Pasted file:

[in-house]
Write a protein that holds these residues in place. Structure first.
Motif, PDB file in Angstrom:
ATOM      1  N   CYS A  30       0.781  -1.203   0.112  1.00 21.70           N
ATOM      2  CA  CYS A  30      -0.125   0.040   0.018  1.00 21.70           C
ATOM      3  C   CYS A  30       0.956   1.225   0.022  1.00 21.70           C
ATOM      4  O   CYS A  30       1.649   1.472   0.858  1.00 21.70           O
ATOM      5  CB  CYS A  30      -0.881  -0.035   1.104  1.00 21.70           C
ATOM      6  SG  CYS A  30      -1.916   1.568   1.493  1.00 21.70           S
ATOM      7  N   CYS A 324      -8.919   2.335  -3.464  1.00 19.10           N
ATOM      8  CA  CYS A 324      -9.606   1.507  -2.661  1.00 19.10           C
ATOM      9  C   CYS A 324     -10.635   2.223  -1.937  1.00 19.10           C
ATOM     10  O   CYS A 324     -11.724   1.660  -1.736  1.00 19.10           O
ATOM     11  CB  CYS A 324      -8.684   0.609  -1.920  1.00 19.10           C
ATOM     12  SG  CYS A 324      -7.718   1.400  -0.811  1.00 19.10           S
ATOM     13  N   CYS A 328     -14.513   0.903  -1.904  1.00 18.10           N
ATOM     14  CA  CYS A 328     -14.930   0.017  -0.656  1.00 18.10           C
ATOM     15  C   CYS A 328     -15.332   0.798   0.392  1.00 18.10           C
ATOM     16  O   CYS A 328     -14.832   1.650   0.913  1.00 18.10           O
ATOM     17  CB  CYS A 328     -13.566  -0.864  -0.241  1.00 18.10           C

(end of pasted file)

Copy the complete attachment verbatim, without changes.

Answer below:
[in-house]
Write a protein that holds these residues in place. Structure first.
Motif, PDB file in Angstrom:
ATOM      1  N   CYS A  30       0.781  -1.203   0.112  1.00 21.70           N
ATOM      2  CA  CYS A  30      -0.125   0.040   0.018  1.00 21.70           C
ATOM      3  C   CYS A  30       0.956   1.225   0.022  1.00 21.70           C
ATOM      4  O   CYS A  30       1.649   1.472   0.858  1.00 21.70           O
ATOM      5  CB  CYS A  30      -0.881  -0.035   1.104  1.00 21.70           C
ATOM      6  SG  CYS A  30      -1.916   1.568   1.493  1.00 21.70           S
ATOM      7  N   CYS A 324      -8.919   2.335  -3.464  1.00 19.10           N
ATOM      8  CA  CYS A 324      -9.606   1.507  -2.661  1.00 19.10           C
ATOM      9  C   CYS A 324     -10.635   2.223  -1.937  1.00 19.10           C
ATOM     10  O   CYS A 324     -11.724   1.660  -1.736  1.00 19.10           O
ATOM     11  CB  CYS A 324      -8.684   0.609  -1.920  1.00 19.10           C
ATOM     12  SG  CYS A 324      -7.718   1.400  -0.811  1.00 19.10           S
ATOM     13  N   CYS A 328     -14.513   0.903  -1.904  1.00 18.10           N
ATOM     14  CA  CYS A 328     -14.930   0.017  -0.656  1.00 18.10           C
ATOM     15  C   CYS A 328     -15.332   0.798   0.392  1.00 18.10           C
ATOM     16  O   CYS A 328     -14.832   1.650   0.913  1.00 18.10           O
ATOM     17  CB  CYS A 328     -13.566  -0.864  -0.241  1.00 18.10           C